What I’m suggesting here is you do that for at least two years BEFORE, not AFTER you decide to get married. If you’ve already decided to get married, spending time with each other isn’t aiding your decision, which is the whole point of dating in the first place. :-)

A lot of people in India cannot afford 10 years of school education for their children. While this is unfortunate, this doesn’t take away anything from the importance of education for children.

Similarly, some conservative aspects of the Indian culture might make it impossible for you to interact with a “prospect” for a sufficiently long period of time before making a decision. That’s unfortunate. That doesn’t take away anything from the importance of these interactions in gauging compatibility between the two people. :)  Like I said, the thumbrule is – you should interact for at least 2 years before you can understand a person at least to some extent, which is essential to taking a decision as important as marriage.

If that’s not possible, well you’d be taking a higher risk with your marriage decision. :-) There is no shortcut to knowing a person. The criteria that are usually checked at the time of an arranged marriage like family backgrounds, education, financial status etc. are at best hygiene factors – they ensure a basic match between the tangible aspects of the two people’s lives. They don’t say ANYTHING about compatibility – a match between the type of people they are.

What if one of you is an honest, straight forward person while the other is manipulative?

What if one of you is a diehard conservative, while the other is a free-spirited liberal? (inside their heart. I understand on the surface everyone is expected to act conservative in the kind of scenario you’ve described. :D)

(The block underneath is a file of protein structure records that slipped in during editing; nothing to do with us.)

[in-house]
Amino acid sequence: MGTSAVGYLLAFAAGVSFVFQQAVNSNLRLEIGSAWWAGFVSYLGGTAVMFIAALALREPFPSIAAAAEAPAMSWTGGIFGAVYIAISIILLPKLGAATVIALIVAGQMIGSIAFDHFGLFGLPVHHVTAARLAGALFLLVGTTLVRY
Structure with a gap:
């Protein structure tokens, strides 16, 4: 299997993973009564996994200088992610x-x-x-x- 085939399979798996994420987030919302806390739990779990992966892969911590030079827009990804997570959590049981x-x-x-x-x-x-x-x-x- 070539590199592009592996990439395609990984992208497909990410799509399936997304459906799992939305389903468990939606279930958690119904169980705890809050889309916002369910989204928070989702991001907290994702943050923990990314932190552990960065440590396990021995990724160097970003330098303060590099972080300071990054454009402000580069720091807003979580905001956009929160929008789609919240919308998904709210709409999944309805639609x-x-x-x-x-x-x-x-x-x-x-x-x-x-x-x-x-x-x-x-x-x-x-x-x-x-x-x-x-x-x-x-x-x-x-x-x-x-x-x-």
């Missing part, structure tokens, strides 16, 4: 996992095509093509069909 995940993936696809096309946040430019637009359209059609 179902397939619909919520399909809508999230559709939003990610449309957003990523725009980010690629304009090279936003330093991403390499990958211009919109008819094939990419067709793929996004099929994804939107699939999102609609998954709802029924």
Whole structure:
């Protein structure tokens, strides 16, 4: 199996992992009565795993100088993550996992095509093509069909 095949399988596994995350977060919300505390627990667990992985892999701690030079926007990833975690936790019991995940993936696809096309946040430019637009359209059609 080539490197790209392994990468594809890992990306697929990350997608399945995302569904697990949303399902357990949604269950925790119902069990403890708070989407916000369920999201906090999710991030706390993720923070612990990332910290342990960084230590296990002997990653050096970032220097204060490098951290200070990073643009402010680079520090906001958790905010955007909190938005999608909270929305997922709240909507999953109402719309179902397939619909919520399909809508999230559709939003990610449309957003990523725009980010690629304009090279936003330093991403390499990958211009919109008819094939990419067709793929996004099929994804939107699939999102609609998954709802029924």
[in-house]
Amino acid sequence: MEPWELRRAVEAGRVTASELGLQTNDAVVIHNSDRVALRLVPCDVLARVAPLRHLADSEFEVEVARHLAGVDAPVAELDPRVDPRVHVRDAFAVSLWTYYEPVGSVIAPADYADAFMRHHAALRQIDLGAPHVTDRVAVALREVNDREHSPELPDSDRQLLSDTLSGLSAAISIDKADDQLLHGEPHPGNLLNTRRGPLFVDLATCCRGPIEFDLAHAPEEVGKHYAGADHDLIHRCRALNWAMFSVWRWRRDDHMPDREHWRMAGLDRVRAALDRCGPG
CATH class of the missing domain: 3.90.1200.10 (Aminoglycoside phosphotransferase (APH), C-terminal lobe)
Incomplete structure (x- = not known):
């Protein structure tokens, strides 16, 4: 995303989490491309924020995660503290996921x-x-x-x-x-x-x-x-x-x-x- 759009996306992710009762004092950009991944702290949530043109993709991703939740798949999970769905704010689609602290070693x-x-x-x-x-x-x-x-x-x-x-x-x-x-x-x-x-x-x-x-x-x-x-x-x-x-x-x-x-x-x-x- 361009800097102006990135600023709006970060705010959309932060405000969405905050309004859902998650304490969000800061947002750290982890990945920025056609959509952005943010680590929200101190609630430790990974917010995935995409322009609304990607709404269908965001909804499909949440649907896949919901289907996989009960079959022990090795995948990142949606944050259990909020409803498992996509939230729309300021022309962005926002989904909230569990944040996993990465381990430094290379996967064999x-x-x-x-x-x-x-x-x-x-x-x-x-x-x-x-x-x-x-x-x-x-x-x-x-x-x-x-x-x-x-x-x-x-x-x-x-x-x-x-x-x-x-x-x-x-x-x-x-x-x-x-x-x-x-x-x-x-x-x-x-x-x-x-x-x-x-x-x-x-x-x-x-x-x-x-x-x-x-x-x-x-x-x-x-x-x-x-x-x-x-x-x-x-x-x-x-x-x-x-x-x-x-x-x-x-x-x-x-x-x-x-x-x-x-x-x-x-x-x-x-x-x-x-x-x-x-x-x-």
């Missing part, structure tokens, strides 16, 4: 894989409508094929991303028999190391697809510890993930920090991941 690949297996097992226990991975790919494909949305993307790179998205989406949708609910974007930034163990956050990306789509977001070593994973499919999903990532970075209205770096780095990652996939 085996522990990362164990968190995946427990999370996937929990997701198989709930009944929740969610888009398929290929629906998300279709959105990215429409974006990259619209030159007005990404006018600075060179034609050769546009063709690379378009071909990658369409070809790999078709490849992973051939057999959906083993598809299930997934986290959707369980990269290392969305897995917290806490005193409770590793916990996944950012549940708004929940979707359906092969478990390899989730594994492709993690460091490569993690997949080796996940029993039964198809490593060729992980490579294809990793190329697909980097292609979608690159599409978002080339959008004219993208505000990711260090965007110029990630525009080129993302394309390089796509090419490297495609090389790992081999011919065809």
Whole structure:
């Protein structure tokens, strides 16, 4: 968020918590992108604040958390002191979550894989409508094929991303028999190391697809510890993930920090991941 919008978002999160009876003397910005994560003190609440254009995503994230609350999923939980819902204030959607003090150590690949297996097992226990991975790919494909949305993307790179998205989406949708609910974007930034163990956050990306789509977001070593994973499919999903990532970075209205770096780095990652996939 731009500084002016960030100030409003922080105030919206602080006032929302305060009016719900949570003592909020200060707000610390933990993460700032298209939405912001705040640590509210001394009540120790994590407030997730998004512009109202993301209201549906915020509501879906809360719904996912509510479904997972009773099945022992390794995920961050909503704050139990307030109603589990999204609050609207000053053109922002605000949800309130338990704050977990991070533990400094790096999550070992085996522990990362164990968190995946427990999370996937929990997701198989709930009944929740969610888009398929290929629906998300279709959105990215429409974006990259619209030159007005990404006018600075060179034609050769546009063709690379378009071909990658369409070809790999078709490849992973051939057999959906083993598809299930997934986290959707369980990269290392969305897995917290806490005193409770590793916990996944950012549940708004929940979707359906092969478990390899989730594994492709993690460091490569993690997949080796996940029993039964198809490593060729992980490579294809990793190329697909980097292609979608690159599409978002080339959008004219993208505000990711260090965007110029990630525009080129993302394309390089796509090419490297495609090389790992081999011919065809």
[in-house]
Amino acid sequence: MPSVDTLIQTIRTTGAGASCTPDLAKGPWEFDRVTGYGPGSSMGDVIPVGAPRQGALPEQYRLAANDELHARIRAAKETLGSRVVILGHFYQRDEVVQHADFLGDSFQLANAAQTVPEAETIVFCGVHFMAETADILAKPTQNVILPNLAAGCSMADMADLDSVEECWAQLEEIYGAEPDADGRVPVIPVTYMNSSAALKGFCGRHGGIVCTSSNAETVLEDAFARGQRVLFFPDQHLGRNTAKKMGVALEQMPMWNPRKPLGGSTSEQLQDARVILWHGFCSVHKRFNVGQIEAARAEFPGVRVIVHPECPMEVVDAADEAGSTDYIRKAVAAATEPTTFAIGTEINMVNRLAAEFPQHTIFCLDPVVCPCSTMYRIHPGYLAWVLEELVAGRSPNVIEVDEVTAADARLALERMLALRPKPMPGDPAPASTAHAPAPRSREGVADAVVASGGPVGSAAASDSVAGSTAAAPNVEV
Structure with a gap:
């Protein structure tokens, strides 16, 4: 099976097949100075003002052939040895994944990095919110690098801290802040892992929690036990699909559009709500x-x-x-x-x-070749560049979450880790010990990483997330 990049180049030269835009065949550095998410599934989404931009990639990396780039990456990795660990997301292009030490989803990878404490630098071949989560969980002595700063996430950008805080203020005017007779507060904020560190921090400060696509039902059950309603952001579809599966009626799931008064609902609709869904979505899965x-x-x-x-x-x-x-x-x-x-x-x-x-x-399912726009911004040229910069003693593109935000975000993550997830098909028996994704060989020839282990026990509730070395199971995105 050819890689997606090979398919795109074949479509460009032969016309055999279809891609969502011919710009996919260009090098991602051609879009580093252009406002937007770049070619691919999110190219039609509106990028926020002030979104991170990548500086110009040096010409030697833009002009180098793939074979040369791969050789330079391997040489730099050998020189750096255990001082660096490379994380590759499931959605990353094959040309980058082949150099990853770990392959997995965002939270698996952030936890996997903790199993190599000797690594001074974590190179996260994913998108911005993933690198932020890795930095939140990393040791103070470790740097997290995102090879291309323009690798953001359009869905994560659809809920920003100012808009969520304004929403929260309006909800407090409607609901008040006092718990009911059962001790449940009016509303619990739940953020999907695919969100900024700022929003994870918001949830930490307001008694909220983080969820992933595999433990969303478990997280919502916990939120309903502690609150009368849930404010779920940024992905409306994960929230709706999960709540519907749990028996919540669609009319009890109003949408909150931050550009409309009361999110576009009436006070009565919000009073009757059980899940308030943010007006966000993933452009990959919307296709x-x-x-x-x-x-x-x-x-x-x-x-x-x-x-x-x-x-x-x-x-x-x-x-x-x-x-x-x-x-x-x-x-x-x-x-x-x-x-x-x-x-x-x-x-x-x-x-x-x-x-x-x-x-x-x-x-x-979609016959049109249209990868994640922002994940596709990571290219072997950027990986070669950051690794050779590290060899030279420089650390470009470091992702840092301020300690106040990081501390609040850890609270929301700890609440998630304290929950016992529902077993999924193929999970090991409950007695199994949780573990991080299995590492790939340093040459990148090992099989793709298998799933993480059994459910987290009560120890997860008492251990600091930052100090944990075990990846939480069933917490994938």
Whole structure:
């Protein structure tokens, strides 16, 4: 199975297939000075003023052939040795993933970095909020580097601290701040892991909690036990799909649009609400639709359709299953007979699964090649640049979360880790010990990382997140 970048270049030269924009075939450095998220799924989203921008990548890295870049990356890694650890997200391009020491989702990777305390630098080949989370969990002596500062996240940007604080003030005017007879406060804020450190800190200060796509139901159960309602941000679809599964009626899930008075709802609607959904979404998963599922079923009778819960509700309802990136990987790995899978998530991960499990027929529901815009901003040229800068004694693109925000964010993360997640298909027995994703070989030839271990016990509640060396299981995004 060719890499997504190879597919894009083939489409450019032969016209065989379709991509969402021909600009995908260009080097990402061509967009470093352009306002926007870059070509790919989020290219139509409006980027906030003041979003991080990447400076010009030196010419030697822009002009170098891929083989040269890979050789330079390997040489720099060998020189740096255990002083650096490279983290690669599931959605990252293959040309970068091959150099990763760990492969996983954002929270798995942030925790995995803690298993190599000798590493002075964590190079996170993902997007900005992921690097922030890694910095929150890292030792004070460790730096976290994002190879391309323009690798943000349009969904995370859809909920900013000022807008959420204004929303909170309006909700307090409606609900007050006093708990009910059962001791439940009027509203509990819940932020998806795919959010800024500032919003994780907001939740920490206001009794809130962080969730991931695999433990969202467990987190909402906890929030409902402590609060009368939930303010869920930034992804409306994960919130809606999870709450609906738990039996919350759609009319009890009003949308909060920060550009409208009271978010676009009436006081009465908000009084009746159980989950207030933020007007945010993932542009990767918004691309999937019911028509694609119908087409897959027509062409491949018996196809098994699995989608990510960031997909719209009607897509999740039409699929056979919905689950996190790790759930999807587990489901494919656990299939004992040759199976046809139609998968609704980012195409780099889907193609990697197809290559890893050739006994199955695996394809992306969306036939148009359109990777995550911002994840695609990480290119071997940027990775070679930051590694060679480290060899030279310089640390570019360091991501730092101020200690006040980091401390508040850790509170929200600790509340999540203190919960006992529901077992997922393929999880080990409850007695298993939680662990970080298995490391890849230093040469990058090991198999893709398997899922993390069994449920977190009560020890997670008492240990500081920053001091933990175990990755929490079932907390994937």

I’m sure you understand that such basic differences in nature, values and beliefs of the two people is sure to lead to an unhappy marriage (I wouldn’t say a failed marriage because Indians don’t divorce. :D)

arranged marriagePhoto by Neelan – God’s self portrait

The only way to even begin to gauge such aspects of a person is to keep spending time with them over a sufficiently long period of time. This will NOT ensure a happy marriage (nothing can, because people can change 5 years later, fall in love with someone else etc.). But it will reduce the risk of a mistake significantly. :)

Similarly, this is not to say 100% of “blind” marriages (arranged marriages where the bride and the groom don’t even get to see each other more than a few times before marriage) are sure to be unhappy. If you’re lucky you’ll coincidentally find someone compatible to you even through the “blind” process. But it would still be that – a very lucky coincidence.  :)

Realistically speaking, while a blind marriage may not be the best option, if it’s your only option you’d have to make it work, even if your spouse doesn’t turn out to be exactly what you needed. A mental readiness for making all necessary compromises, a willingness to treat the other person with respect no matter how much you like or dislike them and continuing to set clear boundaries and rules of the relationship as you discover each other are essential to making it a stable, peaceful union.